bedden [d]
    bed [t]

    This is the case in both Belgium and the Netherlands. What differs, however, is that all voices consonants that have voiceless counterparts get devocalized to some degree in the Netherlands. I can't say that this does not happen at all in Belgium but at the least, it is much less pronounced. You can see the influence of this devocalization in spelling: some Dutch people will spell "lucht" as "lugt" because there is never any difference in pronunciation between the two. This is quite different in Flanders; we still have a voiced /g/ (except in coda as seen above) and a voiceless /ch/. So:
    weg: Nl & Be: as if "wech".
    wegen: Nl as if "weeche", Be as if "weege".

    Now as for the realization of these sounds; I agree that in the Netherlands, they both become [X]. But the [x] that Istriano proposed for Be. /ch/ is a uvular fricative, meaning the tongue touches the soft palate. This not a /ch/ sound but more like a French r and would be understood as such in Flanders. I think the [ç] is a much better candidate: it is a palatal sound where tongue touches the hard palate, making for a less turbulent ("soft") sound. The voiced counterpart is written [ʝ] and Wikipedia agrees that it describes Belgian Dutch /g/.

    If you don't understand the IPA very well, I've got this little trick for you: let's write a gurgling throat sound, as if you're going to spit, as [X]. This is the "throatiest" fricative that most people can pronounce (yeah I'm an arabist :D). At the other end of the spectrum, you get /sh/, then /s/ then /th/. Try to say XXXshshsssththth in one long, slow, nasty-sounding syllable. You'll feel how the place where your tongue touches the roof of your mouth moves gradually forward from the throat [X] to the teeth /th/. Flemish /g/ and /ch/ are found somewhere between [X] and /sh/. The voiceless /ch/ sounds somewhat like you left the stove on and gas escapes. There should be no turbulent, gurgly sounds as in Dutch Dutch. As for the voiced version, well, it's just the same position of the tongue but with voice added. But [ʝ] is a very rare sound and somewhat difficult to produce, so if you get it down, people will shower you with compliments on your native pronunciation. Worth a try :)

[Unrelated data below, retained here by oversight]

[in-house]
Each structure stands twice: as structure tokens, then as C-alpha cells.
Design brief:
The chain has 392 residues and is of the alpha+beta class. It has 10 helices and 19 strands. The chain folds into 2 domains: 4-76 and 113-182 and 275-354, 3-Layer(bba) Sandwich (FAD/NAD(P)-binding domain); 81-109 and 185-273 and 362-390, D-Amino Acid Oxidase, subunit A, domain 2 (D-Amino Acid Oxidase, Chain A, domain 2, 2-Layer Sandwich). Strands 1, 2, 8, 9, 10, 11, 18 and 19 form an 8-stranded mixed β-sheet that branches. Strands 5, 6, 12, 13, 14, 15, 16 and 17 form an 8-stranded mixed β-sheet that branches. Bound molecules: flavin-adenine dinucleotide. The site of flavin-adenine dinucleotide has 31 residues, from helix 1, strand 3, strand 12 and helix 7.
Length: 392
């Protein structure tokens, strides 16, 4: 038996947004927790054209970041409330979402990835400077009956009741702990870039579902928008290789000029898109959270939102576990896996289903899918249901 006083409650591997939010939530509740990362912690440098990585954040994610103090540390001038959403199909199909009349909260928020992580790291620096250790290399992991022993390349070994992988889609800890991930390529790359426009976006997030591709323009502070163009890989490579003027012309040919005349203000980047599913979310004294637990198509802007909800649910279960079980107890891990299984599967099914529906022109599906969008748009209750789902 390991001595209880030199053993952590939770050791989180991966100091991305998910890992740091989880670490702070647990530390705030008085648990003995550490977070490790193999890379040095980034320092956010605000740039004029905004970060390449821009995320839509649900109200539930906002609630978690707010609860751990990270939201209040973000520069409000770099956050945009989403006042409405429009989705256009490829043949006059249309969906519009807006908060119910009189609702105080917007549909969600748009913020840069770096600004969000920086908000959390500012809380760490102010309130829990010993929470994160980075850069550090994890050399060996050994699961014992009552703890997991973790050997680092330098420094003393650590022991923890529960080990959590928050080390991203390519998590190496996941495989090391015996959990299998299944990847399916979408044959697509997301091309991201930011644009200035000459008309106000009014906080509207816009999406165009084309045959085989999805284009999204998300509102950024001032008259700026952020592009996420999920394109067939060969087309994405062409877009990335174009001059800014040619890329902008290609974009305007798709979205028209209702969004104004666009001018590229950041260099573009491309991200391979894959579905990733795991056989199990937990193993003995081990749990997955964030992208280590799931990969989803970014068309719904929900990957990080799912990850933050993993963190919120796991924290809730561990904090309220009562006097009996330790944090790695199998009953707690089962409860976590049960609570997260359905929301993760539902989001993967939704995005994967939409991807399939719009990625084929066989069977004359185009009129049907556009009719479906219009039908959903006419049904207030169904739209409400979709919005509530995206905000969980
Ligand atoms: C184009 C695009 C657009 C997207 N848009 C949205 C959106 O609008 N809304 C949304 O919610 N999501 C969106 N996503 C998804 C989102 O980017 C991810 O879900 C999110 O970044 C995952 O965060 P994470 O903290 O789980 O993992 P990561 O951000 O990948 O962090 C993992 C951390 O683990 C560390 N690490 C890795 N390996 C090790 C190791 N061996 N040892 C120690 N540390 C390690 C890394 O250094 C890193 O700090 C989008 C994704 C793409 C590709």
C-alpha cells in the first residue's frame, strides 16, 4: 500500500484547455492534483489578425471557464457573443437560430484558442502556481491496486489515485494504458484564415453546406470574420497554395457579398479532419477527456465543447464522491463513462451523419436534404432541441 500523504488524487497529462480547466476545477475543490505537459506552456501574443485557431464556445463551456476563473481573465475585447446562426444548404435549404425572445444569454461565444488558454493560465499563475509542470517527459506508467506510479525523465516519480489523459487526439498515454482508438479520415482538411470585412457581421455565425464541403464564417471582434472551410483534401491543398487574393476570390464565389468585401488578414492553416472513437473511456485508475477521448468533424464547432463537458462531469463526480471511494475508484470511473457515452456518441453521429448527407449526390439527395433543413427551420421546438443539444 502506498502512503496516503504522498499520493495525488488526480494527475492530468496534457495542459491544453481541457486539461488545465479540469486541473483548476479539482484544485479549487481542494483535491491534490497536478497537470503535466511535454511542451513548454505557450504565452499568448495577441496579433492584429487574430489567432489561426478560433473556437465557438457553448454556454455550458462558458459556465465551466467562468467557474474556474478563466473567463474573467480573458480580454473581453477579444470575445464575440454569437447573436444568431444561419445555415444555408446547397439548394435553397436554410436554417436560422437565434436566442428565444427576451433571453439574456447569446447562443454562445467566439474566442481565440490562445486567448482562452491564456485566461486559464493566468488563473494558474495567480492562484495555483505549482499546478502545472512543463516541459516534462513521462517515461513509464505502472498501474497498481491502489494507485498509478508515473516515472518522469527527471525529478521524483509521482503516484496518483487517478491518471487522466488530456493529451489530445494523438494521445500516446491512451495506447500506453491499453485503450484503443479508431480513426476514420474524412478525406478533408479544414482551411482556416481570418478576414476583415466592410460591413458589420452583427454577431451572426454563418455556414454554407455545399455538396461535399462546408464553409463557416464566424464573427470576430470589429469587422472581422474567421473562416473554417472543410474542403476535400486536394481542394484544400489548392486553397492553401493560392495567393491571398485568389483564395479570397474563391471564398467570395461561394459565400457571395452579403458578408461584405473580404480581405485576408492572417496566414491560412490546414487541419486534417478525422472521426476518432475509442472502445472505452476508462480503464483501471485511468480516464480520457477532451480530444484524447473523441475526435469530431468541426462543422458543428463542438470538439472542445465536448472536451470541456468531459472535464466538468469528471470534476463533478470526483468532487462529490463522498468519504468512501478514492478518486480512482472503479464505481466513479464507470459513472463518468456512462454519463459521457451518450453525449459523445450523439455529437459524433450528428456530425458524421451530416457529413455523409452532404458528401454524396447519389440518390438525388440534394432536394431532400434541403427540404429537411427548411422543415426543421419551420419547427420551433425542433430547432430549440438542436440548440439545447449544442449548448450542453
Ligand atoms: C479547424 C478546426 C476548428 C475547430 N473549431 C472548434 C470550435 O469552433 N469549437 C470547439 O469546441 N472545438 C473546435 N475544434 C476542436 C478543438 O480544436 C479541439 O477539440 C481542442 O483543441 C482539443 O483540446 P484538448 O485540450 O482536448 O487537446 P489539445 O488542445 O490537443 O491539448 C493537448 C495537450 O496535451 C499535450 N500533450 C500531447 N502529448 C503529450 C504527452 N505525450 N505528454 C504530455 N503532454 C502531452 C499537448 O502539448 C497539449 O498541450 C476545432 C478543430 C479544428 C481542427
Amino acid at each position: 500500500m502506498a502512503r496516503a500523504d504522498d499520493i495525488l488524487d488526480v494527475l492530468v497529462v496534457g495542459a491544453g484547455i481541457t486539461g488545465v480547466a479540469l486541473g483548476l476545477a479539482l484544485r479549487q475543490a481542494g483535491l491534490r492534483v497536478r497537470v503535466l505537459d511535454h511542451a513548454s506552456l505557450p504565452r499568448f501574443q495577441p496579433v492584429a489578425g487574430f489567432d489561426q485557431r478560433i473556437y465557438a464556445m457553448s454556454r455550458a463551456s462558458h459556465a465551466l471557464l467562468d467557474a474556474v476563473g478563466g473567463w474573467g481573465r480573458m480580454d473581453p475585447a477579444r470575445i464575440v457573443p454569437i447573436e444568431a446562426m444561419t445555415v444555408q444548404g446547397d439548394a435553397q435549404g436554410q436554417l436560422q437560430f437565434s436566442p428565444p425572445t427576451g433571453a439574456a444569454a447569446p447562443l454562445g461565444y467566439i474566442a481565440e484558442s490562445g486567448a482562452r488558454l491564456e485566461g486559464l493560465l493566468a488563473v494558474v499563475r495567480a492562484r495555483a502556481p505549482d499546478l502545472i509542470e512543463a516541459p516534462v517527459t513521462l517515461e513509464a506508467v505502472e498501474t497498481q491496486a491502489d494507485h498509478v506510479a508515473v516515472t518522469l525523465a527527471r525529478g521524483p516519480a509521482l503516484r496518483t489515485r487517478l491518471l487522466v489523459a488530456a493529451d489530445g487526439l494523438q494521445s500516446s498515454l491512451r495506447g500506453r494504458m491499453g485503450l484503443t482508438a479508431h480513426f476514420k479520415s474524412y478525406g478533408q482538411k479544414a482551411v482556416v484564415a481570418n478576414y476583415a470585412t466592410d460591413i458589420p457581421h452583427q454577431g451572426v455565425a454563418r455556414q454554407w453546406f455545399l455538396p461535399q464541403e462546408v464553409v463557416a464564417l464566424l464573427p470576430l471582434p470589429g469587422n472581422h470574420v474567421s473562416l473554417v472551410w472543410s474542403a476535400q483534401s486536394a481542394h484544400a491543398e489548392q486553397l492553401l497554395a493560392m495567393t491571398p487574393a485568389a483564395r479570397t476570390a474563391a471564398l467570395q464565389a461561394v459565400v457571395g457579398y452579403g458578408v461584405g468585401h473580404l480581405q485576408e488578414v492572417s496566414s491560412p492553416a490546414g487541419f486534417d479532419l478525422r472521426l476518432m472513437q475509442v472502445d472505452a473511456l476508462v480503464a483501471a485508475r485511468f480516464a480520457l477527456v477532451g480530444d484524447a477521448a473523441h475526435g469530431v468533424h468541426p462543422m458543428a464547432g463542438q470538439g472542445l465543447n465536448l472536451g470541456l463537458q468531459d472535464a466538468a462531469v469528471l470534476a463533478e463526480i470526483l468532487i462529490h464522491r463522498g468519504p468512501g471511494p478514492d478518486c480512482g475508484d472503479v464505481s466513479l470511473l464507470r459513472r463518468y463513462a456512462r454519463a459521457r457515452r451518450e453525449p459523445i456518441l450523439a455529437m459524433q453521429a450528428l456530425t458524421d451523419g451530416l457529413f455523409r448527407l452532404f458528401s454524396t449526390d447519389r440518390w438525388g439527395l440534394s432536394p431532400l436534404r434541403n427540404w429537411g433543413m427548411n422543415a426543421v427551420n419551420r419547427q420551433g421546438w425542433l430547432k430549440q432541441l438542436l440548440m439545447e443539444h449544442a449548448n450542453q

Istriano

    Senior Member
    Croatian
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    berndf

    Moderator
    German (Germany)
    I don't agree with the [ʝ] part.
    [ʝ] is how Y (and LL) are pronounced in Spanish (outside Argentina): se cayó, mayo, Mallorca, which is like a stronger [j] sound (from English yes).
    I haven't heard this sound in Dutch: http://en.wikipedia.org/wiki/Voiced_palatal_fricative